lost languages

these names that have lost their origins
names that have lost their sounds
that have lost their meanings
lost meanings without references
without words words that once rolled off
the tongue rolled off the tongue
immense with meaning
with meaning now lost now
untranslatable immense and untranslatable
these names without meaning

these names belonging nowhere
belonging nowhere to no one to no one
at all invisible undernourished
undernourished and withered into invisibility
without a way a way to put sounds together
sounds that together form words
words that become names
these names that are lost

canvas back 1s

these names without scripts
without scripts or context without
the context of language a language
of mirrors mirrors now empty
mirrors that yield no answers
answers to questions questions
without context how and what and where
and why are they lost and where did they go
who knows the names the names the names
the names that have lost their meaning

canvas back close up s

For dVerse, where Bjorn has us chanting,

32 thoughts on “lost languages

  1. You’ve touched on one of my obsessions here, Kerfe! I have always dreamed of deciphering a lost language, in particular Linear A from Bronze Age Crete. I am looking at your designs and wondering if they could be based on the Indus Valley script? They look familiar but I can’t quite place them…

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    1. Thanks Ingrid. It’s actually what the back of cross stiching looks like. My grandmother taught me to make sure my stitching always looked as beautiful on the back as it did on the front–and sometimes it’s even more interesting.

      Liked by 1 person

  2. Kerfe, as soon as I started reading, I thought of the Indigenous children who were taken from their homes and placed in Indian Schools and elsewhere who got “lost” one way or another. They’ve lost their names and so much more. Your creative mind is being put to powerful work. I see your art and stitching as hieroglyphics that speak volumes.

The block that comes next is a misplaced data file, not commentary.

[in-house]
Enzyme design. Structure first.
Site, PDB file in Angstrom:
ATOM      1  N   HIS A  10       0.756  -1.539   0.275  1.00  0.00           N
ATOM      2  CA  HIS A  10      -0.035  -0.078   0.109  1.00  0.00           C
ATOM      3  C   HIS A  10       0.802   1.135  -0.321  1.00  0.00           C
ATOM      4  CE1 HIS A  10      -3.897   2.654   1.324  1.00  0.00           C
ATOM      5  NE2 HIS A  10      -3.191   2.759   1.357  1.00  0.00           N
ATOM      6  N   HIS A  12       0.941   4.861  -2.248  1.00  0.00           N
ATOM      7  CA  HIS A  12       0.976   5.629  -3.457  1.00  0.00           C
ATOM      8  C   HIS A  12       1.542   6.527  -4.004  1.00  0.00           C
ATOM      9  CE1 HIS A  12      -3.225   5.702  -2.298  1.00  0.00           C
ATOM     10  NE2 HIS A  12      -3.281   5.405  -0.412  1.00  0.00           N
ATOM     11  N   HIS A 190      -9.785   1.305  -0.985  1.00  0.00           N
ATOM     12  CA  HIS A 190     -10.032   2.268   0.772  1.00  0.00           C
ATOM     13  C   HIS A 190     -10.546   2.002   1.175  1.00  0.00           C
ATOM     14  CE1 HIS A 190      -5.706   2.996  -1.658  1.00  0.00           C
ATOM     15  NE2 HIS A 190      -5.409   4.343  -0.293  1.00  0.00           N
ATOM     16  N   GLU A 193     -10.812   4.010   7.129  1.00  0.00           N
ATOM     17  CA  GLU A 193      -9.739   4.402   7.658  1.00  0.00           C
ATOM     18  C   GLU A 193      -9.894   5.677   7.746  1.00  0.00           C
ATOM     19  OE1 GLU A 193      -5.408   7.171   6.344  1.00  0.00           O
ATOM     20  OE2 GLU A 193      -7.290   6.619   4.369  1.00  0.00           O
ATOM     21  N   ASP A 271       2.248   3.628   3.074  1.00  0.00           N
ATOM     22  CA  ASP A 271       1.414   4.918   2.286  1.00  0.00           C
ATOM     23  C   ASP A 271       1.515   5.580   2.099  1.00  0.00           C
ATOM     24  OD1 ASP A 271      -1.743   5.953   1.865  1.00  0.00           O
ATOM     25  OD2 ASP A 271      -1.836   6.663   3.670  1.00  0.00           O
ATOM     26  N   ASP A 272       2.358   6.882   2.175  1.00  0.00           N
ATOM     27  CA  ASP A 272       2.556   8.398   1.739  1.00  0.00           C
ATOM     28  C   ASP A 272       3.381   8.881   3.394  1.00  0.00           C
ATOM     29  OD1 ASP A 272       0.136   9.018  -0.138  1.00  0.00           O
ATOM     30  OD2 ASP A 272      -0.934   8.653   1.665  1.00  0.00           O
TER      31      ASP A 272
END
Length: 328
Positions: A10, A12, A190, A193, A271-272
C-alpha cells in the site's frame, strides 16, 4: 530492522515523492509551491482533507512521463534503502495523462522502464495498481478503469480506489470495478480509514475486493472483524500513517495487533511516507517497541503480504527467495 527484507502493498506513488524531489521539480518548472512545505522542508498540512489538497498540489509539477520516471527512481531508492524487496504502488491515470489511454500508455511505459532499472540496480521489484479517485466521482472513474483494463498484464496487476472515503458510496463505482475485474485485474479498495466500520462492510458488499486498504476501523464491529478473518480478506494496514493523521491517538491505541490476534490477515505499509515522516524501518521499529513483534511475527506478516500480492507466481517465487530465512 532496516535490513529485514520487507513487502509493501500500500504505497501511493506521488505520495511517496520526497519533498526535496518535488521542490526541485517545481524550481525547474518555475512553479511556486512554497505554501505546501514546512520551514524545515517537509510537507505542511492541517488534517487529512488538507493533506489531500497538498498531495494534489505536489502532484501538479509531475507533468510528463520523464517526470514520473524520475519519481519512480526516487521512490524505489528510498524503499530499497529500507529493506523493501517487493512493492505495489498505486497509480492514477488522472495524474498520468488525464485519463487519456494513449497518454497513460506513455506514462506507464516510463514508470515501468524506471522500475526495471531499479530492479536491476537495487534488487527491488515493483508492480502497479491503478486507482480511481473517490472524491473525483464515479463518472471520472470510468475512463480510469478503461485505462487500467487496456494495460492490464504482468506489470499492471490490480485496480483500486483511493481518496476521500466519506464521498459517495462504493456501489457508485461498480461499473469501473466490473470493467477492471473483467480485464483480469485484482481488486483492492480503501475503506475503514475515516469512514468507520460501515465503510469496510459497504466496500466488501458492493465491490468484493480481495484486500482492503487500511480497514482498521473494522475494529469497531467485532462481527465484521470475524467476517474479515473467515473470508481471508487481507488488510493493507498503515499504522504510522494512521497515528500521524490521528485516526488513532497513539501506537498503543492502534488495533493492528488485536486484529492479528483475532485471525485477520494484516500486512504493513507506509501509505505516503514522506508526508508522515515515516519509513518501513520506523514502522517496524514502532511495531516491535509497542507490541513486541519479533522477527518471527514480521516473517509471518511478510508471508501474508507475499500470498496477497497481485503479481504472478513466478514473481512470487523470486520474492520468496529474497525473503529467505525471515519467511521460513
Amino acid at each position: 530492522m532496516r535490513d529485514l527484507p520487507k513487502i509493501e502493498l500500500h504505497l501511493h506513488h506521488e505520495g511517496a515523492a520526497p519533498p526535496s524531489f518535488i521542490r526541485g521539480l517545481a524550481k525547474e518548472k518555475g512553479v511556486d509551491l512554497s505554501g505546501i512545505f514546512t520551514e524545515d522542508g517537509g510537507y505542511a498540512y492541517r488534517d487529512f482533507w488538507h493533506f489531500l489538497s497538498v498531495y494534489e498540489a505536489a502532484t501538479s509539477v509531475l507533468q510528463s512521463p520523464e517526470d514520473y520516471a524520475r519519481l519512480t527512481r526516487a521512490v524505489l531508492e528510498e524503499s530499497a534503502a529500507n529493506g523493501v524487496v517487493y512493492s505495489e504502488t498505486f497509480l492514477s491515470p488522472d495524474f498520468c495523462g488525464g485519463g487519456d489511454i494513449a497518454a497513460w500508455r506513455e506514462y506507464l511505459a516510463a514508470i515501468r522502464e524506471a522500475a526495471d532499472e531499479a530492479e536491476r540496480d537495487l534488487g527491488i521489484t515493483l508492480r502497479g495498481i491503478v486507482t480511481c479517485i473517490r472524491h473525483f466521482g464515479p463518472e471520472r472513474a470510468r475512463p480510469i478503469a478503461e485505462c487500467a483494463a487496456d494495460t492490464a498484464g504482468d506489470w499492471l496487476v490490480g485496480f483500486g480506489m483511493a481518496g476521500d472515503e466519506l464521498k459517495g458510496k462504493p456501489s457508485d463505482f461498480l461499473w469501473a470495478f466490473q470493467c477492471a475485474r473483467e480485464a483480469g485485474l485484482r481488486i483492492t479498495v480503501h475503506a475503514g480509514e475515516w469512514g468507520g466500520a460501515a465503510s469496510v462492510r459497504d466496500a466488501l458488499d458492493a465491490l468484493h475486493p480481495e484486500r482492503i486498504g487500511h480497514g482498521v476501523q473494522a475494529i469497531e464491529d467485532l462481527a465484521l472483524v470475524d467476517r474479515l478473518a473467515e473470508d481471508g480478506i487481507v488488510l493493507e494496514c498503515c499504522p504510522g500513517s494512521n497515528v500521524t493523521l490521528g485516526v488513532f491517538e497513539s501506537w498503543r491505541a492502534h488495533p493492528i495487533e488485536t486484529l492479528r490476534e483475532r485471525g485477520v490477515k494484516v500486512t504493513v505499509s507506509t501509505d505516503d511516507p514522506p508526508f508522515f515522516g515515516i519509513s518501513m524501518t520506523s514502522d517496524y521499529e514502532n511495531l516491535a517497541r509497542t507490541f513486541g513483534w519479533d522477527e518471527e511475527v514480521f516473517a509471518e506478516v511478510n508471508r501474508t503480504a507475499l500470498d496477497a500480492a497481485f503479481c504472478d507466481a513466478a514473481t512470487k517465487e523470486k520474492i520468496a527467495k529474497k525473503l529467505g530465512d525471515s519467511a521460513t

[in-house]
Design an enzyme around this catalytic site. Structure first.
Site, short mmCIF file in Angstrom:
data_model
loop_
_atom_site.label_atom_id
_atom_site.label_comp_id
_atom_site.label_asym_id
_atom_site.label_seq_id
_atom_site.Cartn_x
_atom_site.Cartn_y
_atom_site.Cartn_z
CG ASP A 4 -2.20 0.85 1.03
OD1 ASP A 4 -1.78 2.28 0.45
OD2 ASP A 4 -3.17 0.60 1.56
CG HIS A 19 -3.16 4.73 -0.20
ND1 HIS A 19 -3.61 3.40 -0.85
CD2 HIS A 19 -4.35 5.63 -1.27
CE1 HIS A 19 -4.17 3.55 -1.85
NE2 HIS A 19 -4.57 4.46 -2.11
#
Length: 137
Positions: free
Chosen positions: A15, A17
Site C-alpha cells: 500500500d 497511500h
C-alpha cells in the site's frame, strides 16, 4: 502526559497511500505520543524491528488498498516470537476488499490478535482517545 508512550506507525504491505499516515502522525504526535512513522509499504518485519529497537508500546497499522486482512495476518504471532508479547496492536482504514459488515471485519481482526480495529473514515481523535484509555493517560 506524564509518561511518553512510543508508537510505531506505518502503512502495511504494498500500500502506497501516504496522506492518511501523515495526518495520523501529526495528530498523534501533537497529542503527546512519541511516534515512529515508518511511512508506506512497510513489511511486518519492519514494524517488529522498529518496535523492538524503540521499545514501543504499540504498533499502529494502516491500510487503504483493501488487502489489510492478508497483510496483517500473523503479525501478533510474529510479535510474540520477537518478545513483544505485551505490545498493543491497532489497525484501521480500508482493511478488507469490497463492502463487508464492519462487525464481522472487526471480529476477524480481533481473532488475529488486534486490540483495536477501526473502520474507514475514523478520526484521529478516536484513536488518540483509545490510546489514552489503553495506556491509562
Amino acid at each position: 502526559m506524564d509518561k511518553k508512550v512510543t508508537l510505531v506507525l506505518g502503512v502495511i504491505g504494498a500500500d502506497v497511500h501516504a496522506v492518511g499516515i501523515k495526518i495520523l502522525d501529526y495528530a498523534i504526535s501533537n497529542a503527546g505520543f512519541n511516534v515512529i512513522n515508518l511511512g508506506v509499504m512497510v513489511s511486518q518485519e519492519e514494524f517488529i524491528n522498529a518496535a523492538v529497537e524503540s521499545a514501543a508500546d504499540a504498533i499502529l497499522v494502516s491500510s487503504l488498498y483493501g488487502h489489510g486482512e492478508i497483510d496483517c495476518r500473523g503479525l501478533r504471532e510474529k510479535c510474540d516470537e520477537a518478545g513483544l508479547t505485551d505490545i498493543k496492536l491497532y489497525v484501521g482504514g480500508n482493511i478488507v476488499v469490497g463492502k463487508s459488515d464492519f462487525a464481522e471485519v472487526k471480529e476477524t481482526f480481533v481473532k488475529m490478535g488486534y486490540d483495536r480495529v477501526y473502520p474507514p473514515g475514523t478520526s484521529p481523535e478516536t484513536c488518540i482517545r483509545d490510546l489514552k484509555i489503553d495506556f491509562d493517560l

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  3. Really makes you wonder what else has been lost in time, that faded and could never be deciphered or re-learned. What other languages are out there that may have existed? What books and literature, that were once destroyed or lost, existed that contained certain knowledge and information? It’s interesting to think about, but as well wistful for what we may not exactly know.

    Liked by 1 person

  4. An interesting theme to explore – lost and meaning are the words that stood for me. This made me reflect on lost heritage, lost names, buried and lost language. I can imagine the implications of this – far deeper it can go in one’s lifetime. Your artwork compliments this beautifully.

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  5. That’s wonderful. It makes me think of the Aboriginal people here involved in reclaiming their lost languages. So much meanings bound up in words – meanings that disappear when the words aren’t used.

    Liked by 2 people

    1. Thanks Suzanne. So much of the early history of humans was passed down orally. And each language has its own subtle beauty and meaning. Part of the culture is lost when the language disappears. It’s happened/happening to native peoples here too.

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  6. I’ll have to look up Linear A. I’m not familiar with it, but there is so much we have lost–if we can recover even a little bit, it would be a good thing.

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  7. Wow; this leaves me with a heavy feeling of loss, Kerfe 😦
    At first, I didn’t even realize it was a chant, until I noticed the words repeating themselves – it’s a poem that flows and feels totally natural – like these words were meant to be together.

    -David

    Liked by 1 person

    1. Thanks David. The earth is losing parts of itself, humans are losing parts of themselves, at a dizzying pace. You are right to value and want to pass on your cultural heritage. So much has been destroyed or erased in the name of progress or power.

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  8. This is so skillfully rendered! I love how gorgeously the repeating lines flow into one another adding to the depth and power of the poem. Kudos! 💝💝

    Liked by 1 person

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